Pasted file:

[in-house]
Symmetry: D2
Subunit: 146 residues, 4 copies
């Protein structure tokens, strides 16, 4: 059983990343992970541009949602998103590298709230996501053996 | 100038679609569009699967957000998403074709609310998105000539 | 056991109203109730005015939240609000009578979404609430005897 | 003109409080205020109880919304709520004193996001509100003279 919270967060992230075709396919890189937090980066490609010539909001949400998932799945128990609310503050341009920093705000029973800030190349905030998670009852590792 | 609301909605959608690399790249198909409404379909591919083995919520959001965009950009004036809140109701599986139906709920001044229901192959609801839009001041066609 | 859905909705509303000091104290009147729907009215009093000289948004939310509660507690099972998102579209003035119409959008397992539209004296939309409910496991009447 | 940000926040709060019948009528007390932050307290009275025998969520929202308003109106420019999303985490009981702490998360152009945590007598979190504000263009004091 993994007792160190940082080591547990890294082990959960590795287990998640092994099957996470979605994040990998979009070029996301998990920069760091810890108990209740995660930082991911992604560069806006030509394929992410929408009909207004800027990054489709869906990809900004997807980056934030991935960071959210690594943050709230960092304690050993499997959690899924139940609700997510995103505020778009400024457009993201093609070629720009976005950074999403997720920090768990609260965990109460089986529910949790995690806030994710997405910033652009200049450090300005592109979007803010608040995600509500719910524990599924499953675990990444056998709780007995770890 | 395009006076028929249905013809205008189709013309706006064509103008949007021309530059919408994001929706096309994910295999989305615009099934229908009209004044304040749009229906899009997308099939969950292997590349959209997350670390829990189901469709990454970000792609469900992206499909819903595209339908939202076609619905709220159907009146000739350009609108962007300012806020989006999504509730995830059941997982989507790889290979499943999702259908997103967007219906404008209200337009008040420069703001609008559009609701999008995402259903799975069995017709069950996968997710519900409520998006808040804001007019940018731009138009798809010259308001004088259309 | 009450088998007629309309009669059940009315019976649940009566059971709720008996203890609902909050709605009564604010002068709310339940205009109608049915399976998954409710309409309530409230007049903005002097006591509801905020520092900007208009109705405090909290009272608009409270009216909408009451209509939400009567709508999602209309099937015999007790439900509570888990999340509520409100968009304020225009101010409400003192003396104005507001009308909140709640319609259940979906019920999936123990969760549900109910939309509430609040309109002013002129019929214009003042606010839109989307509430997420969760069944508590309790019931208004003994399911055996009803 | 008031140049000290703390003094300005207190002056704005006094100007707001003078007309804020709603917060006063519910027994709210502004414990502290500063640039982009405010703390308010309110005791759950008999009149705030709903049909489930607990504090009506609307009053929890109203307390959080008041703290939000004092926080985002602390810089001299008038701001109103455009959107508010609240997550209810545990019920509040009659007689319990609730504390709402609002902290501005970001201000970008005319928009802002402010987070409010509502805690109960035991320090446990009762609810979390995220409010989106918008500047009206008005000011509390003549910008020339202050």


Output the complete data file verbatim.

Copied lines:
[in-house]
Symmetry: D2
Subunit: 146 residues, 4 copies
């Protein structure tokens, strides 16, 4: 059983990343992970541009949602998103590298709230996501053996 | 100038679609569009699967957000998403074709609310998105000539 | 056991109203109730005015939240609000009578979404609430005897 | 003109409080205020109880919304709520004193996001509100003279 919270967060992230075709396919890189937090980066490609010539909001949400998932799945128990609310503050341009920093705000029973800030190349905030998670009852590792 | 609301909605959608690399790249198909409404379909591919083995919520959001965009950009004036809140109701599986139906709920001044229901192959609801839009001041066609 | 859905909705509303000091104290009147729907009215009093000289948004939310509660507690099972998102579209003035119409959008397992539209004296939309409910496991009447 | 940000926040709060019948009528007390932050307290009275025998969520929202308003109106420019999303985490009981702490998360152009945590007598979190504000263009004091 993994007792160190940082080591547990890294082990959960590795287990998640092994099957996470979605994040990998979009070029996301998990920069760091810890108990209740995660930082991911992604560069806006030509394929992410929408009909207004800027990054489709869906990809900004997807980056934030991935960071959210690594943050709230960092304690050993499997959690899924139940609700997510995103505020778009400024457009993201093609070629720009976005950074999403997720920090768990609260965990109460089986529910949790995690806030994710997405910033652009200049450090300005592109979007803010608040995600509500719910524990599924499953675990990444056998709780007995770890 | 395009006076028929249905013809205008189709013309706006064509103008949007021309530059919408994001929706096309994910295999989305615009099934229908009209004044304040749009229906899009997308099939969950292997590349959209997350670390829990189901469709990454970000792609469900992206499909819903595209339908939202076609619905709220159907009146000739350009609108962007300012806020989006999504509730995830059941997982989507790889290979499943999702259908997103967007219906404008209200337009008040420069703001609008559009609701999008995402259903799975069995017709069950996968997710519900409520998006808040804001007019940018731009138009798809010259308001004088259309 | 009450088998007629309309009669059940009315019976649940009566059971709720008996203890609902909050709605009564604010002068709310339940205009109608049915399976998954409710309409309530409230007049903005002097006591509801905020520092900007208009109705405090909290009272608009409270009216909408009451209509939400009567709508999602209309099937015999007790439900509570888990999340509520409100968009304020225009101010409400003192003396104005507001009308909140709640319609259940979906019920999936123990969760549900109910939309509430609040309109002013002129019929214009003042606010839109989307509430997420969760069944508590309790019931208004003994399911055996009803 | 008031140049000290703390003094300005207190002056704005006094100007707001003078007309804020709603917060006063519910027994709210502004414990502290500063640039982009405010703390308010309110005791759950008999009149705030709903049909489930607990504090009506609307009053929890109203307390959080008041703290939000004092926080985002602390810089001299008038701001109103455009959107508010609240997550209810545990019920509040009659007689319990609730504390709402609002902290501005970001201000970008005319928009802002402010987070409010509502805690109960035991320090446990009762609810979390995220409010989106918008500047009206008005000011509390003549910008020339202050």